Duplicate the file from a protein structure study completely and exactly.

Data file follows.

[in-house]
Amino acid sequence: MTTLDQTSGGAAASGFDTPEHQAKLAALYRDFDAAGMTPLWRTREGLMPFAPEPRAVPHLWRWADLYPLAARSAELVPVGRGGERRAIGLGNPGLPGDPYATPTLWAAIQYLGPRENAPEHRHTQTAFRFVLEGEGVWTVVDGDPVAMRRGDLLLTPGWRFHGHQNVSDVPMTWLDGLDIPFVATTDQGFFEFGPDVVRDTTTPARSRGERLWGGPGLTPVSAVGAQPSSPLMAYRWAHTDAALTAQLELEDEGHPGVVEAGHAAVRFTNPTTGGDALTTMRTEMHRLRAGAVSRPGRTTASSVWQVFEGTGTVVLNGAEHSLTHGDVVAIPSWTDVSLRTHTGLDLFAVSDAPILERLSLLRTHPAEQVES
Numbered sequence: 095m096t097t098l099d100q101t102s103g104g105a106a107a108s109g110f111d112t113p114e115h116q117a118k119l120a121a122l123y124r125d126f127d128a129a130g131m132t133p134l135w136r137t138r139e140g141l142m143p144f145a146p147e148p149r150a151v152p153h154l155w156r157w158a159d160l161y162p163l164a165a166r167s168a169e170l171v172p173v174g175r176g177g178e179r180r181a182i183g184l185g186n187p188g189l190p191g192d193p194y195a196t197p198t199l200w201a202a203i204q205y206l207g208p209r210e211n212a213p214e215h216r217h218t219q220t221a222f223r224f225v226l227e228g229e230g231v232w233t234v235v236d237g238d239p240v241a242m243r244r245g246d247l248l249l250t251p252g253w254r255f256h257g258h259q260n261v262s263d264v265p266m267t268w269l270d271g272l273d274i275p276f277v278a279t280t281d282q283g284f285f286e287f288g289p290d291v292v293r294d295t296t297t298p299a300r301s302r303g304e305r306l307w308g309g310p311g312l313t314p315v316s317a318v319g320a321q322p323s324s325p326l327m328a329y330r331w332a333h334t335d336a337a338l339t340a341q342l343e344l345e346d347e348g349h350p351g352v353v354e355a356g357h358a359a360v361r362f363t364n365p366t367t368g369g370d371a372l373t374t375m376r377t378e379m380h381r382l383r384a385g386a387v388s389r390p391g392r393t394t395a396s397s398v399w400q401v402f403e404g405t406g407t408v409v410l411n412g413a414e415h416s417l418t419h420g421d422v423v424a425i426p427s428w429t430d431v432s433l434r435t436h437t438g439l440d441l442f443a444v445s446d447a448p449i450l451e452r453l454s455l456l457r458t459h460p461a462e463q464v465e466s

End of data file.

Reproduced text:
[in-house]
Amino acid sequence: MTTLDQTSGGAAASGFDTPEHQAKLAALYRDFDAAGMTPLWRTREGLMPFAPEPRAVPHLWRWADLYPLAARSAELVPVGRGGERRAIGLGNPGLPGDPYATPTLWAAIQYLGPRENAPEHRHTQTAFRFVLEGEGVWTVVDGDPVAMRRGDLLLTPGWRFHGHQNVSDVPMTWLDGLDIPFVATTDQGFFEFGPDVVRDTTTPARSRGERLWGGPGLTPVSAVGAQPSSPLMAYRWAHTDAALTAQLELEDEGHPGVVEAGHAAVRFTNPTTGGDALTTMRTEMHRLRAGAVSRPGRTTASSVWQVFEGTGTVVLNGAEHSLTHGDVVAIPSWTDVSLRTHTGLDLFAVSDAPILERLSLLRTHPAEQVES
Numbered sequence: 095m096t097t098l099d100q101t102s103g104g105a106a107a108s109g110f111d112t113p114e115h116q117a118k119l120a121a122l123y124r125d126f127d128a129a130g131m132t133p134l135w136r137t138r139e140g141l142m143p144f145a146p147e148p149r150a151v152p153h154l155w156r157w158a159d160l161y162p163l164a165a166r167s168a169e170l171v172p173v174g175r176g177g178e179r180r181a182i183g184l185g186n187p188g189l190p191g192d193p194y195a196t197p198t199l200w201a202a203i204q205y206l207g208p209r210e211n212a213p214e215h216r217h218t219q220t221a222f223r224f225v226l227e228g229e230g231v232w233t234v235v236d237g238d239p240v241a242m243r244r245g246d247l248l249l250t251p252g253w254r255f256h257g258h259q260n261v262s263d264v265p266m267t268w269l270d271g272l273d274i275p276f277v278a279t280t281d282q283g284f285f286e287f288g289p290d291v292v293r294d295t296t297t298p299a300r301s302r303g304e305r306l307w308g309g310p311g312l313t314p315v316s317a318v319g320a321q322p323s324s325p326l327m328a329y330r331w332a333h334t335d336a337a338l339t340a341q342l343e344l345e346d347e348g349h350p351g352v353v354e355a356g357h358a359a360v361r362f363t364n365p366t367t368g369g370d371a372l373t374t375m376r377t378e379m380h381r382l383r384a385g386a387v388s389r390p391g392r393t394t395a396s397s398v399w400q401v402f403e404g405t406g407t408v409v410l411n412g413a414e415h416s417l418t419h420g421d422v423v424a425i426p427s428w429t430d431v432s433l434r435t436h437t438g439l440d441l442f443a444v445s446d447a448p449i450l451e452r453l454s455l456l457r458t459h460p461a462e463q464v465e466s